It’s said about bravery: If you’re not brave, just fake it. No one will notice.
It’s implied, in fatherhood, and coaching, too. A dad can’t know everything. A dad doesn’t need to. A dad needs only to give the impression he knows everything.
Let’s say your opponent doesn’t know your weakness or deficiency.
Do you even have that weakness or deficiency?
I realize the opponents in this case mean my own daughters.
I’m aware of myself – sun-soaked with a sun-soaked and rum-influenced state. Maybe I left my playbook open, in the opposing team’s hotel meeting room. A time zone and border between my girls and I might give a false sense of stealth.
Why would a dad with a slight advantage toss it away for the sake of a Monday post? Here are three lies a dad might (or might not) tell.
It’s in the interest of … survival.
1. “I know all there is to know about smartphones and Instagram.”
Kids fingers-swipe and download apps the way we used to rule the Atari joystick. Generation Next turns us into grandparents. We can’t even set up our voicemail.
Or switch from ice to water on the fridge without an intervention. If you haven’t yet declared your technological ineptitude yet, try this, fathers:
We fool kids with socialist jolly elves and philanthropic hares. We do it with tooth-auditing fairies, in fact. We con kids that dad has a magic app. It tells him what dip-shit boy they’re Snap-chatting.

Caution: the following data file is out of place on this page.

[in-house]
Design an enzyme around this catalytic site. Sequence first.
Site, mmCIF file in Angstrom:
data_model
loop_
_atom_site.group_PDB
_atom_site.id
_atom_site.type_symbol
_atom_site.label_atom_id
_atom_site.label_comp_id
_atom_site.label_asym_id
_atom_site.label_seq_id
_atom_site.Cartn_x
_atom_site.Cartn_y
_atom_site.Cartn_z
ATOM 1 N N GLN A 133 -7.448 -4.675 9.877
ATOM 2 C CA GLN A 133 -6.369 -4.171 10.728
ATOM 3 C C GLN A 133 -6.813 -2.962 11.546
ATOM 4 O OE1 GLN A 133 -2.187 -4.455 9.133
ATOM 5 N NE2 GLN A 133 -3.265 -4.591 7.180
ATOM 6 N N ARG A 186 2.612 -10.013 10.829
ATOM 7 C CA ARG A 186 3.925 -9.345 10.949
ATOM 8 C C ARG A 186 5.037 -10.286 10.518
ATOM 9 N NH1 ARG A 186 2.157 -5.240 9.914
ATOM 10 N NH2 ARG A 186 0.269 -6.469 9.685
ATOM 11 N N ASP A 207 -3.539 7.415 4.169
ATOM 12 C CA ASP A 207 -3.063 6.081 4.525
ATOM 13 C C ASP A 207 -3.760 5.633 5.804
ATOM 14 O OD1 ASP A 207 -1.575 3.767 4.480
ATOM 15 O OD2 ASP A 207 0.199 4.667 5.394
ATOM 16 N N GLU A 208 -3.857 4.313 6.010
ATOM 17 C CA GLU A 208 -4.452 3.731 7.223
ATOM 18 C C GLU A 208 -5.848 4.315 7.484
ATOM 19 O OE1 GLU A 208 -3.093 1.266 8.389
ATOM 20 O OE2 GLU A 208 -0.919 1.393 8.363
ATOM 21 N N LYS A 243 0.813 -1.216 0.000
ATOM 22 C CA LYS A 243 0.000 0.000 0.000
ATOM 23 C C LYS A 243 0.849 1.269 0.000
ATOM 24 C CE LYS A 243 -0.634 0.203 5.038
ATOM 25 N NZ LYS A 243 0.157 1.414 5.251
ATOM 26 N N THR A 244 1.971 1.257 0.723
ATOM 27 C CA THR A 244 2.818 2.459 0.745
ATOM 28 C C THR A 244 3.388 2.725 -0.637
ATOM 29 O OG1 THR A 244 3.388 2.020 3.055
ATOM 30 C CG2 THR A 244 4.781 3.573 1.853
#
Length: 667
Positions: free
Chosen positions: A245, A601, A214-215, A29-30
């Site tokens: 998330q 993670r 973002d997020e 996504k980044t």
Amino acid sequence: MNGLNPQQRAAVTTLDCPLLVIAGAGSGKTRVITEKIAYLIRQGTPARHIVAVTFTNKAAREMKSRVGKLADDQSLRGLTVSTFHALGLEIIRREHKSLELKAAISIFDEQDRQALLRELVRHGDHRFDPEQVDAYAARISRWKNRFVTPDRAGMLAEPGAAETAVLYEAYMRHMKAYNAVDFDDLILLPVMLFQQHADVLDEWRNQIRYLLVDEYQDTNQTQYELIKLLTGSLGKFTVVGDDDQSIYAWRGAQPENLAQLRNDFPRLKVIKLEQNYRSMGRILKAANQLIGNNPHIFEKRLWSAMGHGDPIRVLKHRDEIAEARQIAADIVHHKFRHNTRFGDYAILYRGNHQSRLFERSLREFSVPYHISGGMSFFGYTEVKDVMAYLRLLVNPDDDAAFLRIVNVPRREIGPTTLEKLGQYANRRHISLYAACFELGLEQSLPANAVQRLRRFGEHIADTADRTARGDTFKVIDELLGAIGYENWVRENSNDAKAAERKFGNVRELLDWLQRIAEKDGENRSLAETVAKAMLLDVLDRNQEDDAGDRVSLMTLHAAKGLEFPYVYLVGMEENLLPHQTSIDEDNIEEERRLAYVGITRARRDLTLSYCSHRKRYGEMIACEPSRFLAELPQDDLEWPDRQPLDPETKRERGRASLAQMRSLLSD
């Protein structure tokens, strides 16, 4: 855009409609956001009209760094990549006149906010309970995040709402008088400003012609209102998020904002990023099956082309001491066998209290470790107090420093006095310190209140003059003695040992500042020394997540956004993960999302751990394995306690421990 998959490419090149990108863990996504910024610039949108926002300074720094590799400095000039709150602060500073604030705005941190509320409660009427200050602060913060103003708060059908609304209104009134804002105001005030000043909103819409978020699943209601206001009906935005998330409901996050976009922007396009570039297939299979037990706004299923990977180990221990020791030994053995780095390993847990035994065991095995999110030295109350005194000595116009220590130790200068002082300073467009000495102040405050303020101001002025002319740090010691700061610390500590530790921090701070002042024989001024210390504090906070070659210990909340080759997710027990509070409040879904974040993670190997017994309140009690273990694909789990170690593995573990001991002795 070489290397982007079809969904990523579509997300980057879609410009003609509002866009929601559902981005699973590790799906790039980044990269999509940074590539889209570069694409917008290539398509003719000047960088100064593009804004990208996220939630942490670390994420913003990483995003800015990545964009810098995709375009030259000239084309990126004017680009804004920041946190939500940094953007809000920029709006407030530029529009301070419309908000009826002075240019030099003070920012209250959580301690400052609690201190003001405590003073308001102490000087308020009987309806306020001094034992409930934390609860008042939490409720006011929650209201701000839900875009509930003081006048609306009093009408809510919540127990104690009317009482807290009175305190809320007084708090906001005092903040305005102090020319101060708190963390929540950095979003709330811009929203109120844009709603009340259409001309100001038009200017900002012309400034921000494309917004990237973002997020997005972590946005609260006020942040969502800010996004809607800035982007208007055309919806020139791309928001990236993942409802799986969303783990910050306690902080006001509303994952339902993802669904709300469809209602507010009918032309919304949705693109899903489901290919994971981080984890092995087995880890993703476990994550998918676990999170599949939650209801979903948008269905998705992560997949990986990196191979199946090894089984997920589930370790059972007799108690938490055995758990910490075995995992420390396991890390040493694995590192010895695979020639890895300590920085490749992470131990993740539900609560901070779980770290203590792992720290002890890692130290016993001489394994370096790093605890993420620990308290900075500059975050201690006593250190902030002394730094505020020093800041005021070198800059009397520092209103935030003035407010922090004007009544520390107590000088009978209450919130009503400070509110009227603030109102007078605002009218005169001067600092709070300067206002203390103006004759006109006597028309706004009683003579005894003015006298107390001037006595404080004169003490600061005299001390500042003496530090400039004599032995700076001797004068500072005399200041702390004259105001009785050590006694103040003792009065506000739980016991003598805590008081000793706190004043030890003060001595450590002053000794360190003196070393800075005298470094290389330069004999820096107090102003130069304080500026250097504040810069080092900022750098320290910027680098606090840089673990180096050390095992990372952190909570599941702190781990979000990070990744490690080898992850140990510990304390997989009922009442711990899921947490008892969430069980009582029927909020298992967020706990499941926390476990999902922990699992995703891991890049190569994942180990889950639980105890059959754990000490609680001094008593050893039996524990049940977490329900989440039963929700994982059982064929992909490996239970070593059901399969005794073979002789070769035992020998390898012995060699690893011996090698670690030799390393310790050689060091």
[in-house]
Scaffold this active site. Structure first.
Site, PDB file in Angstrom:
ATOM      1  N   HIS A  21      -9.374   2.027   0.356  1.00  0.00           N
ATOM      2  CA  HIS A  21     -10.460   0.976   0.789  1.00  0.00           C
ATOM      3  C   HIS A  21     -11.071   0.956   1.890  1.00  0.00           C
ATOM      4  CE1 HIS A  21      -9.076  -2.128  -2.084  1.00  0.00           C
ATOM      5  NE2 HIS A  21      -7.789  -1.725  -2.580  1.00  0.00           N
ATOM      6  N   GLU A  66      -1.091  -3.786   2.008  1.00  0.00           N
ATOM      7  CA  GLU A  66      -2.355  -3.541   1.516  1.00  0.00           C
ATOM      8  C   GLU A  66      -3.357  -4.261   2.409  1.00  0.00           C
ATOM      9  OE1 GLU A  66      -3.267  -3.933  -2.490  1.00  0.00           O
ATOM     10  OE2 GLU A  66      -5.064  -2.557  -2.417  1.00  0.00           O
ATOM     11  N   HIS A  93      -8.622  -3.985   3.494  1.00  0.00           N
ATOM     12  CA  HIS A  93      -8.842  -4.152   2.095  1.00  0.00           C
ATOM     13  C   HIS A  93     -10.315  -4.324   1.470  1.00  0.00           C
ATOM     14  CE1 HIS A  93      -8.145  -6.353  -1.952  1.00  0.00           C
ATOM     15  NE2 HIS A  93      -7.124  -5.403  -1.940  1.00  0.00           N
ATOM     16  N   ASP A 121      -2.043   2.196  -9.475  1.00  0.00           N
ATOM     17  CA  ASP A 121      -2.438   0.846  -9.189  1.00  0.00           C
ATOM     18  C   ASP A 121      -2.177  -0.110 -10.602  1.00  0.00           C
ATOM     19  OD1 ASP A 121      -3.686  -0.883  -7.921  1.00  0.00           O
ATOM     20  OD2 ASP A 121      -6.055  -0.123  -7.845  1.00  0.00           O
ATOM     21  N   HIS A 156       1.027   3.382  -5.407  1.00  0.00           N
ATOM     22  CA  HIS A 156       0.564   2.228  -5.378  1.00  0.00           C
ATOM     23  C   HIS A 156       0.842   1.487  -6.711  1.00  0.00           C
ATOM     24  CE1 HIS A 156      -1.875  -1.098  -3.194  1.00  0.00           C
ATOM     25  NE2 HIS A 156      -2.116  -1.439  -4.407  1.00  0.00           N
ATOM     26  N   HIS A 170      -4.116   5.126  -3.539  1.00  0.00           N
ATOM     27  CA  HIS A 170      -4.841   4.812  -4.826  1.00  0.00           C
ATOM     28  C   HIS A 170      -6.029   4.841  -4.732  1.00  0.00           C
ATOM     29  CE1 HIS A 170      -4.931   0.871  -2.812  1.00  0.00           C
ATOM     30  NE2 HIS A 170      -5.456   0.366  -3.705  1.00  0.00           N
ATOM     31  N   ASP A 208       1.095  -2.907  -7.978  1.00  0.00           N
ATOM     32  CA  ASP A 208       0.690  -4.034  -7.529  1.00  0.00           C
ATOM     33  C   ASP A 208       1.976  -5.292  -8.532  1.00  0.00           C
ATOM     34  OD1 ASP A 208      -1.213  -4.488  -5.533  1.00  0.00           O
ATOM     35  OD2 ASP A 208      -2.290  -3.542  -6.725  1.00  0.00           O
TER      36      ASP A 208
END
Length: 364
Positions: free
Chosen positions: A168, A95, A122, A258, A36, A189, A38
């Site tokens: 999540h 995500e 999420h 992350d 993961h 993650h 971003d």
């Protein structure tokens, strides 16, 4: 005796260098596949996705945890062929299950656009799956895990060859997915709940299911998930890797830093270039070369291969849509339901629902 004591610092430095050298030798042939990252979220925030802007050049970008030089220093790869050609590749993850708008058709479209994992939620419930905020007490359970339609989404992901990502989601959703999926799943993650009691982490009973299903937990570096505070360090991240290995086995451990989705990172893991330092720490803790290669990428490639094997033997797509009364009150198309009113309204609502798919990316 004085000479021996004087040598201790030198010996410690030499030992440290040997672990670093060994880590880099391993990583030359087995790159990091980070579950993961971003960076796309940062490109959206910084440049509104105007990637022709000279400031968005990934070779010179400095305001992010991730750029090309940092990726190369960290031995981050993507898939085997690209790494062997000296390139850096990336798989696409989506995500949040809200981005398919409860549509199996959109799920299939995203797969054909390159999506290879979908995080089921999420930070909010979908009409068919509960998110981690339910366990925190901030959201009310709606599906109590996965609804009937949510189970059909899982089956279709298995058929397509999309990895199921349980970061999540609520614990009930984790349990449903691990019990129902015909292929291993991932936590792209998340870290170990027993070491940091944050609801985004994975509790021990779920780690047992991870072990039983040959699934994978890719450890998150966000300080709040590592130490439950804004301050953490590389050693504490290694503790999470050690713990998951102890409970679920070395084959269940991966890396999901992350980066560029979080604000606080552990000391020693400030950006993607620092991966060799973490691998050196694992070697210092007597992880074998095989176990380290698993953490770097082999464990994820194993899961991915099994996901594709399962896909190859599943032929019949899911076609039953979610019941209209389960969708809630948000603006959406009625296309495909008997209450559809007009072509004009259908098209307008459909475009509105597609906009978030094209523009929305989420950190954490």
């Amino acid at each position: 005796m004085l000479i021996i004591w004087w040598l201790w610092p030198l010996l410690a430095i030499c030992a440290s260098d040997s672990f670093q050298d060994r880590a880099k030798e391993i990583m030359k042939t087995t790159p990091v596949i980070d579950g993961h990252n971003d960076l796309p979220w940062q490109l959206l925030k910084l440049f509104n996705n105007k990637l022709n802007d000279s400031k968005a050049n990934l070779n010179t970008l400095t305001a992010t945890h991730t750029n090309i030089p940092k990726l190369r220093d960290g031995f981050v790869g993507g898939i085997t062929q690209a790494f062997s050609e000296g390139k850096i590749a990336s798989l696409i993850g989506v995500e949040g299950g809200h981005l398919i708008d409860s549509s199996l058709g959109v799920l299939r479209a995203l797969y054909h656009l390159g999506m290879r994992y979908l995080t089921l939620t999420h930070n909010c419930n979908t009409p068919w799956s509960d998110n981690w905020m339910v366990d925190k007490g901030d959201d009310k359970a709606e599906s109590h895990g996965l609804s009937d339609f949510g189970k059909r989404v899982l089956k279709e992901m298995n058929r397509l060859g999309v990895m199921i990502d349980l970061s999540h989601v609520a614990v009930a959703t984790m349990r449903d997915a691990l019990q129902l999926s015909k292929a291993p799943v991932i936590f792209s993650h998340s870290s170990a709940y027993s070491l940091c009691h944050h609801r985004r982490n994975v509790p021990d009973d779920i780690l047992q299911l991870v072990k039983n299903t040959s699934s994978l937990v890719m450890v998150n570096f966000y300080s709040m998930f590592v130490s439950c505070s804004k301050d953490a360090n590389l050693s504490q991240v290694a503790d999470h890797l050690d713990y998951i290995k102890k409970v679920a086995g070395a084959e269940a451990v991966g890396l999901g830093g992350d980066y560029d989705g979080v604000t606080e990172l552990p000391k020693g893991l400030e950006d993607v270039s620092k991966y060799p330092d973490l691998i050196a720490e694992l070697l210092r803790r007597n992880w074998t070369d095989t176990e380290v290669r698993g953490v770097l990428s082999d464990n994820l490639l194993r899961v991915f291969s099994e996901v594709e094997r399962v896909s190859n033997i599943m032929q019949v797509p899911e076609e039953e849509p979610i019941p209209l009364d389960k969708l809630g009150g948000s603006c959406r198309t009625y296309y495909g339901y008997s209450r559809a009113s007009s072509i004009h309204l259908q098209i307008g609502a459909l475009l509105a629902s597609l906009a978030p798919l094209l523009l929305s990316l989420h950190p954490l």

Or what Google search they cave to in ill-advised alone time.
Just tell them dad just installed the DadWatch app. Santa’s surveillance capacity appears capable as the Walmart employee satisfaction committee in comparison.
2. “I will break a boy in 17 pieces if he brings you home late.”
Dads, we’ve been that boy.
So the boy brings your daughter home late. The worst traffic since Aberdeen won the Scottish League Cup will do that.
(That was just 1990. To my kids, that’s Jurassic Period).
Here are things I’ve told my girls when it comes to discussions about boys they like*:
Has he ever ridden in an ambulance?
Do they casts for a fractured sternum exist?
I need that son-of-a-bitch’s social security number.
*-or, maybe told them. What’s the difference?
I won’t delve into the trite diatribe of dads who clean firearms around a boy. What dad would take shots at a boy? He just brought a girl home 15 minutes late from the dollar movie and Krispy Kreme?
But we have this cultural standard to uphold of mental instability.
I’d rather identify with the boy, with a firm handshake and eye contact.
Jeevs the shit out of them every.single.time.
3. “Just wait until I tell your mom.”
Don’t do this one.
If a dad defers to mom, he surrenders credibility. Know all those Disney dad stereotypes? That we’re just an extra kid, with a driver’s license.
Everyone post-Michael Keaton riles you to share fatherhood with. Doesn’t he?
Get up. Stand up. Be a dad.
Praise kids, with authority.
Speak to your children, with authenticity and authority.
Set example, with clarity.
And never, ever, push any of it off to Jesus, Santa or mom.
What lies do you tell your kids?
Amy Mascott’s post on Teach Mama blog inspired this post.